Never mind Yamauchi spinning in his grave. He’s doing full backflips in it.

It’s *so stupid* and so immature. But it’s also kind of fun. Of course, a lot of the humor is based around the console we’re playing on. If Safety First was on Xbox One, I honestly don’t know if I would have laughed as hard as I did. Probably not. I thought I was better than this, but I’d be lying if I said I didn’t find it funny that I was playing a game with stages that require you to pee on someone’s head between play sessions of wholesome Yoshi’s Crafted World. I mean, come on! That is objectively hilarious. The company that once willfully risked industry leadership by turning blood into sweat for Mortal Kombat now prominently has a game with stick figures peeing to solve puzzles on its marketplace. This is not a drill, people! The Bulletin of the Atomic Scientists played a round of Safety First and moved the Doomsday Clock to one minute before midnight!

I was going to use a pic of the golden shower stage, but honestly I’d have to cover all the fun stuff with Sweeties so here’s this pic where you can’t even see the dick instead.

But, a big part of why I was able to find Safety First humorous is because it’s at least playable and decent enough. If it’d been unplayable, I think I would have actually found it cynical and offensive. Like, the stick figure dick and piss stuff would have been a crutch to hide faulty, lazy game design. That’s not exactly the case, but almost. Just enough to make me wonder if they didn’t phone it in a bit. A big problem is the stick figure is so fragile that the Knicks are planning to offer it a max contract. If you pull the legs too far apart, or if the limp upper-body sways the wrong way, the appendages get severed and you have to start the stage over. The physics seem a bit unstable, and there were times where I would barely lift a leg to aim my stick dick at one of the targets only to have the leg suddenly go flying off for a death. Or sometimes while moving, the torso would tip over and completely snap with a spurt of red blood (oh yes, it’s TOTALLY a robot), like watching a horrible limbo bar accident. Sure, I giggled like a childish twat almost every single time it happened, but it got less funny on stages where I needed twenty or more tries. The physics are just too unforgiving too often. Plus, there’s limited drips of pee per stage and no quick reset button. You’re forced to rip your legs apart in order to start over. Also, congratulations to me for using the word “limp” earlier without tying it to the stick figure dick. I’m glad I’m here.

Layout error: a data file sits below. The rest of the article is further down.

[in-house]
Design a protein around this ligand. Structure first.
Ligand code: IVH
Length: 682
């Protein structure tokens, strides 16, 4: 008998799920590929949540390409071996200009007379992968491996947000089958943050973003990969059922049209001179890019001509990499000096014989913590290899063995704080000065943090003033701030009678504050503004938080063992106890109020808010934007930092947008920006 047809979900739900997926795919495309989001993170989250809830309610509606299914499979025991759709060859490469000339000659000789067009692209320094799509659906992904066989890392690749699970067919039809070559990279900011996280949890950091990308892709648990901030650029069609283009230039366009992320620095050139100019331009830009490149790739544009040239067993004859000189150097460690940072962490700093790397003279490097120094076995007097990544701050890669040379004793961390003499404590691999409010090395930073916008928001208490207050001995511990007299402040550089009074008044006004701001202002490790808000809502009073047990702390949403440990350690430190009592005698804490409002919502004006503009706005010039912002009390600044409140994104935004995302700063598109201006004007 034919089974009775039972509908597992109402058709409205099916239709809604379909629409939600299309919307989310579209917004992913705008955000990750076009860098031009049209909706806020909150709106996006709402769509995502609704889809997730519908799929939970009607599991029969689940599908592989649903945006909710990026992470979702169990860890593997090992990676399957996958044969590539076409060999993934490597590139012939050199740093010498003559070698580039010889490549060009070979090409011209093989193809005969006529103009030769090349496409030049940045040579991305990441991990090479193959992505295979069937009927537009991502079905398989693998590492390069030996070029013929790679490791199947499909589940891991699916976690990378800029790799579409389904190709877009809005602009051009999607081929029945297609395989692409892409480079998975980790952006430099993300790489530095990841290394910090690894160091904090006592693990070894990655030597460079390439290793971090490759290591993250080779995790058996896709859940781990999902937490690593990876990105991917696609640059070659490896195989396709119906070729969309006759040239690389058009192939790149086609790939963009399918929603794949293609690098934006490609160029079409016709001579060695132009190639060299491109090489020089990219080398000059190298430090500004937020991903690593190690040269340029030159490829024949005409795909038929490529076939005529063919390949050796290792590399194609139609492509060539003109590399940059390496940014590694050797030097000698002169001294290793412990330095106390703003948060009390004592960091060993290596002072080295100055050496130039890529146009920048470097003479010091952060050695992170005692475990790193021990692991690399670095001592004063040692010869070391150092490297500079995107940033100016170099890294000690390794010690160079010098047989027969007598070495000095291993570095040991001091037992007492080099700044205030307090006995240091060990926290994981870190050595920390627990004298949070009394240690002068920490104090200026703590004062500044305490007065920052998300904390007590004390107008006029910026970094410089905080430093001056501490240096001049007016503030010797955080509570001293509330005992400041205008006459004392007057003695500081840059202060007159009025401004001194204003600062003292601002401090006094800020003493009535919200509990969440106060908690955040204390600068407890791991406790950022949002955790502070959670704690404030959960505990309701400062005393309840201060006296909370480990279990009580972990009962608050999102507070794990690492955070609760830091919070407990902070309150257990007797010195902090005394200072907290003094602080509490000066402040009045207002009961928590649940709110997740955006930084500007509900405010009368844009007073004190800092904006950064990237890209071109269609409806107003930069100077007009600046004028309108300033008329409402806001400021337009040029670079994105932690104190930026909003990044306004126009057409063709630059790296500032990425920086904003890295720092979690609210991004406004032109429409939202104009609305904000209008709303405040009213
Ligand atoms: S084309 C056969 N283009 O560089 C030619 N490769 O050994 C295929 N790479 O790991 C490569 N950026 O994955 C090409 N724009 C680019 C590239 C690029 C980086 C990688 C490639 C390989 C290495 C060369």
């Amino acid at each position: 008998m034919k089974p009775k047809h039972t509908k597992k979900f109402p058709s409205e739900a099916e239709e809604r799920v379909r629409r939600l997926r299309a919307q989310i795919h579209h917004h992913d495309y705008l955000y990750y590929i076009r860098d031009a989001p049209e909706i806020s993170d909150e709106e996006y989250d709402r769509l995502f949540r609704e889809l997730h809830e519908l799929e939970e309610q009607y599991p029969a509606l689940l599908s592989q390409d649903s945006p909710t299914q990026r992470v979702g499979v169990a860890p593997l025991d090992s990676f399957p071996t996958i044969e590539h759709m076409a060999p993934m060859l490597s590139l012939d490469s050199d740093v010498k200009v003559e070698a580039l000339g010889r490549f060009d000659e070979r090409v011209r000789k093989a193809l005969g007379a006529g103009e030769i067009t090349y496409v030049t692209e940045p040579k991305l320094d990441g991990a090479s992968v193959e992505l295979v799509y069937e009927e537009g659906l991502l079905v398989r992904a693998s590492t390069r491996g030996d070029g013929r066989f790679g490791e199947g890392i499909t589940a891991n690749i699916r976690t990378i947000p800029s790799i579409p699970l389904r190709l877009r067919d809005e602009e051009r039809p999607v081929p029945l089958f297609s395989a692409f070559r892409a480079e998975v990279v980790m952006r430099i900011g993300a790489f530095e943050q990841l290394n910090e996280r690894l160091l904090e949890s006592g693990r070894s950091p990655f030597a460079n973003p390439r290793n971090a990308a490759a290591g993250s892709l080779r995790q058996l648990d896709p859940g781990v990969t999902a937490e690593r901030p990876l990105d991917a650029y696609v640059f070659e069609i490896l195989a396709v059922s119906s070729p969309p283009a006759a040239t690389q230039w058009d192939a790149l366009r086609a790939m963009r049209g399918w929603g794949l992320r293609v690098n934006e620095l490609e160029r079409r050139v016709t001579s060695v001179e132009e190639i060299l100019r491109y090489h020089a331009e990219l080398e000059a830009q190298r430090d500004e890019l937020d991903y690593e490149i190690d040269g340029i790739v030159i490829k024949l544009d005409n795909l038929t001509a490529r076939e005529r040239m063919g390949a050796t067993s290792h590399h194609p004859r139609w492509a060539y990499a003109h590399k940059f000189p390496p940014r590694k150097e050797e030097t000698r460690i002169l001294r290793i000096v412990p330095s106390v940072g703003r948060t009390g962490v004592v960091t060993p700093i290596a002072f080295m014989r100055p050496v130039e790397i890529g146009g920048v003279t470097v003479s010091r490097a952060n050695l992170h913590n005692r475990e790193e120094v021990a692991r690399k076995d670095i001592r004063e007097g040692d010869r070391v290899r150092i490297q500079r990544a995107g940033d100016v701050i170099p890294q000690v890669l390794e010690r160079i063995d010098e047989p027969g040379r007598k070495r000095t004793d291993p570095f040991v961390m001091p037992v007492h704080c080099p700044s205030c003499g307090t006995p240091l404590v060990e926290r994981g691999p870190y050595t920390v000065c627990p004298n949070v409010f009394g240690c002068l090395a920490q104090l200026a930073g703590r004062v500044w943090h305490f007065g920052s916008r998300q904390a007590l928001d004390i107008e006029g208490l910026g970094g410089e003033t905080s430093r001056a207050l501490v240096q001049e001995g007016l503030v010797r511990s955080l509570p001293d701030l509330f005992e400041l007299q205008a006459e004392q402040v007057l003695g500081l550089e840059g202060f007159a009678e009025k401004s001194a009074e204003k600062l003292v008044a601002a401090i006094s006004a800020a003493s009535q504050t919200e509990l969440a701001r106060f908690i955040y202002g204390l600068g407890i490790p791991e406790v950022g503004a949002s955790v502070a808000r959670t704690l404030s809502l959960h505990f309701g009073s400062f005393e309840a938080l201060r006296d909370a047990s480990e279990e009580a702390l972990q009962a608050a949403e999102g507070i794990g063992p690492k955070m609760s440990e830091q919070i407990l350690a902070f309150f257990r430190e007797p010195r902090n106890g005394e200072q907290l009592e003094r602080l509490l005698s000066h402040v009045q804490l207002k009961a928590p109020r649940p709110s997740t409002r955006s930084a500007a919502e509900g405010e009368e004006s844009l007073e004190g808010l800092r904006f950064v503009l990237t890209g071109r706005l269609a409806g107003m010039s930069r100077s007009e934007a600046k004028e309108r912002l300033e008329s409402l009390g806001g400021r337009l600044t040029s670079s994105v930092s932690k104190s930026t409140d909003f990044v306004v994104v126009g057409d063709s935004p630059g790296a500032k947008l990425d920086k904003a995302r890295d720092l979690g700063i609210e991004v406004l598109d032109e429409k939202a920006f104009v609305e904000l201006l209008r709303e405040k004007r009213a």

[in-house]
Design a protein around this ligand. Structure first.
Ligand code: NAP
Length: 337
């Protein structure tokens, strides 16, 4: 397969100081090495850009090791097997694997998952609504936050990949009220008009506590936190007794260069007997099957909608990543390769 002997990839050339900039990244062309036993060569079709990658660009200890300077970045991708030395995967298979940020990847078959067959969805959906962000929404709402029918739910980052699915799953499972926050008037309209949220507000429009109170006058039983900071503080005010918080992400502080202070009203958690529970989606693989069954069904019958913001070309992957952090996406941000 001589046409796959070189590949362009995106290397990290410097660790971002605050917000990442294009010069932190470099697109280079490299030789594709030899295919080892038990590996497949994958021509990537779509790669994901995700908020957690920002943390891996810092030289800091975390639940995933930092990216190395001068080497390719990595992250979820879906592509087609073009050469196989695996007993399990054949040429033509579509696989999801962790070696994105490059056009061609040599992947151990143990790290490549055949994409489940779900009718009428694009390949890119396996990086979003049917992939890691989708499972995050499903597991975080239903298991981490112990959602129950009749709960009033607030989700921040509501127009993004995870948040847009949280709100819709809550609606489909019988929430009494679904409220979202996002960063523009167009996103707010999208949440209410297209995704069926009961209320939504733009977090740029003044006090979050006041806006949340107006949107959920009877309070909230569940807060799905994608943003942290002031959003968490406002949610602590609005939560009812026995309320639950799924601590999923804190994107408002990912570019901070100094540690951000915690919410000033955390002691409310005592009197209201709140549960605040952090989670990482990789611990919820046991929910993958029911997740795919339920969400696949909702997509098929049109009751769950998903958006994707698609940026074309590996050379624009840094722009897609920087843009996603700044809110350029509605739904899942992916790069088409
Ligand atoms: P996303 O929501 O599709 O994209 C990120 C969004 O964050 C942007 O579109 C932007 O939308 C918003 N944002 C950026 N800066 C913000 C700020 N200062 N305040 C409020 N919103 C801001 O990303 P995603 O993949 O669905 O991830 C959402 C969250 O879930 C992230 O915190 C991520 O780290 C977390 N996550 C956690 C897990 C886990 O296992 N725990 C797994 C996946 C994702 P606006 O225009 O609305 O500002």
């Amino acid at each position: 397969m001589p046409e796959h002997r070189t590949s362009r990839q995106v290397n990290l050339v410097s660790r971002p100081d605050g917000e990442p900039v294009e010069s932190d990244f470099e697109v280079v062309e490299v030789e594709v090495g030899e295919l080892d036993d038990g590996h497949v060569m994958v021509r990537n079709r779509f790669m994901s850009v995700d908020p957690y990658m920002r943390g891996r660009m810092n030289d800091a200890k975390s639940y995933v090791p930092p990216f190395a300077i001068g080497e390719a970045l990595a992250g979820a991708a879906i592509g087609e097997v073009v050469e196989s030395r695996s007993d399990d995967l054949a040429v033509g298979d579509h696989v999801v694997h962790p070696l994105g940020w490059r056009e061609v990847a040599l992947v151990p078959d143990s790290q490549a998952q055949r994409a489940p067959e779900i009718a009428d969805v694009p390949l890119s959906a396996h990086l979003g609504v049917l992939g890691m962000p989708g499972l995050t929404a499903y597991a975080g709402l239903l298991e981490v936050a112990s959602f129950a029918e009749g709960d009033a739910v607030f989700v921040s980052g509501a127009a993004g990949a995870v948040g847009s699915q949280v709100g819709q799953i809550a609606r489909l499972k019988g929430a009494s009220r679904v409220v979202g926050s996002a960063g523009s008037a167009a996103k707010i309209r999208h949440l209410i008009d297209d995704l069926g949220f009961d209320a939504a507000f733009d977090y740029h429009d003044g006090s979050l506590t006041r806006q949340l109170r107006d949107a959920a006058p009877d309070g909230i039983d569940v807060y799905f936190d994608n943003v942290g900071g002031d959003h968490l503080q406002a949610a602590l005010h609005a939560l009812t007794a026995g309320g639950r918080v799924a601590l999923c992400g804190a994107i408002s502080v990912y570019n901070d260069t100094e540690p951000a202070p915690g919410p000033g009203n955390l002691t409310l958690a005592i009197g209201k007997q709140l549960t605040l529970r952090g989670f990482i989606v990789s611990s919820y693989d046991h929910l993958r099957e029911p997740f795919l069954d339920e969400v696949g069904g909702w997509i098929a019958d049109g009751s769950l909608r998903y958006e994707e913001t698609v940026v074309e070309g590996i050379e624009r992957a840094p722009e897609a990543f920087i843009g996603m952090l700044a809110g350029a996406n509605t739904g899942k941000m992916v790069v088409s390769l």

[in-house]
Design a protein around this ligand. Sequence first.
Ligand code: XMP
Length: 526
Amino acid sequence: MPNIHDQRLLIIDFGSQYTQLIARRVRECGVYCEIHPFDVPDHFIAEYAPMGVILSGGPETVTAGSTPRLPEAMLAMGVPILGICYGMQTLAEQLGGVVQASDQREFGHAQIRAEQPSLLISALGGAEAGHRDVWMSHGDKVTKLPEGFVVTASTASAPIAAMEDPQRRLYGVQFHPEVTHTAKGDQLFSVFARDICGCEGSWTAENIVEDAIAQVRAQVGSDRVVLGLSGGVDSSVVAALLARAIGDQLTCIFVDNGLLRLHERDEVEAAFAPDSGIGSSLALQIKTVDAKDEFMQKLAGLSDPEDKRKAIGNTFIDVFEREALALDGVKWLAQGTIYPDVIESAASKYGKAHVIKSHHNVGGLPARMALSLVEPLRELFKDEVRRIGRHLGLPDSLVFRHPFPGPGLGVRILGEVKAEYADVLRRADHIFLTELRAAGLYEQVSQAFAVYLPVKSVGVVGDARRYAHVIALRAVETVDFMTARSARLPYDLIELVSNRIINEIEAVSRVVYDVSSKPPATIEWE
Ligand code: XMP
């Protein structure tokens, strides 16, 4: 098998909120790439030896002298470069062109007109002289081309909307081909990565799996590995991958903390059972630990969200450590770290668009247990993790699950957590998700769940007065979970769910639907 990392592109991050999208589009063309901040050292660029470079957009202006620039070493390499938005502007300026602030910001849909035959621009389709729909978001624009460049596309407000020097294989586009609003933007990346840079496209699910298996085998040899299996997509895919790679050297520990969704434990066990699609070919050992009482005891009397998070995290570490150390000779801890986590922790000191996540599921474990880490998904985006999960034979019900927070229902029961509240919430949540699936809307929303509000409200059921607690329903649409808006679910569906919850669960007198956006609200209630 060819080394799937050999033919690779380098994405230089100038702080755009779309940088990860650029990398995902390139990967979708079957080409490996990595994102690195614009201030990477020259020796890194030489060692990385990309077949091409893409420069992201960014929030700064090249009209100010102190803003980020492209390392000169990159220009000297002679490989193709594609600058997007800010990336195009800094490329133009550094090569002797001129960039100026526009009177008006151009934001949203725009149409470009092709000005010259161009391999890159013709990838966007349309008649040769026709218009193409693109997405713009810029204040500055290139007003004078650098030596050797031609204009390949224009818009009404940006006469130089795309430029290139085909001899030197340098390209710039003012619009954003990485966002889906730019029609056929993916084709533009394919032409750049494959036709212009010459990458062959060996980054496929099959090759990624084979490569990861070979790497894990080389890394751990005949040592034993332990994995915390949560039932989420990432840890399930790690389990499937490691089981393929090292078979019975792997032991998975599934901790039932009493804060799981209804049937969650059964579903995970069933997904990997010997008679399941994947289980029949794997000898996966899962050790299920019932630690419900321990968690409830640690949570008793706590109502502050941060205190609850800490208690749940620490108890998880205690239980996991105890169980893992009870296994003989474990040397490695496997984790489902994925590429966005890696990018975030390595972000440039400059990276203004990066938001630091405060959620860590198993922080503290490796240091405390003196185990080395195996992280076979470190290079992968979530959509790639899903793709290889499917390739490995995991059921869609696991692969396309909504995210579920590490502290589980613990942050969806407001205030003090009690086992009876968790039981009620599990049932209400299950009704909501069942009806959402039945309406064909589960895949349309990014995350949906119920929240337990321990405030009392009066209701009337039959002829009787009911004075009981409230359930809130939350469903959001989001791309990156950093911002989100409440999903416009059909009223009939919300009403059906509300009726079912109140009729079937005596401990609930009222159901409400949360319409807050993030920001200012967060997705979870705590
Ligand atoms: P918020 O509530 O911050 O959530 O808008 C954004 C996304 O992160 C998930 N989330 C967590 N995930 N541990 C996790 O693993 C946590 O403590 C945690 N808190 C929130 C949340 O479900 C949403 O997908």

Safety First has a “drunken, swearing German” mode where the ground sways and your piss is brown. Oh and I’m pretty sure they replaced the normal stick figure head with a silhouette of David Hasselhoff’s head. I have no words.

But, it’s fun regardless. The stages have enough variety that Safety First never gets boring. Similar to puzzle games like SpellKeeper (of which I’m sure its developer will just LOVE being mentioned in the same breath as this dandy), Safety First is best to whip out when you have a few minutes to kill. There’s no commitment really needed. Hell, it’s even fun in failure, which is rare for a puzzler. AND it has novelty value. Tell someone you’re playing a game on your Nintendo where you pee on targets, or possible go the full urolagnia monty, and soak in the faces of those listening. I did it. It’s priceless. Of course, there’s the lingering fear that someone in Kyoto will find out about Safety First and get pissed about it. We’re laughing now, but if that comes to pass, urine trouble, indies!

Safety First was developed by JCO (published by Headup Games)
Point of Sale: Switch, Steam

$2.99 said it’s probably not as funny on Steam in the making of this review.

Safety First is Chick Approved and ranked on the Indie Gamer Chick Leaderboard. Yeah this is my jump the shark moment.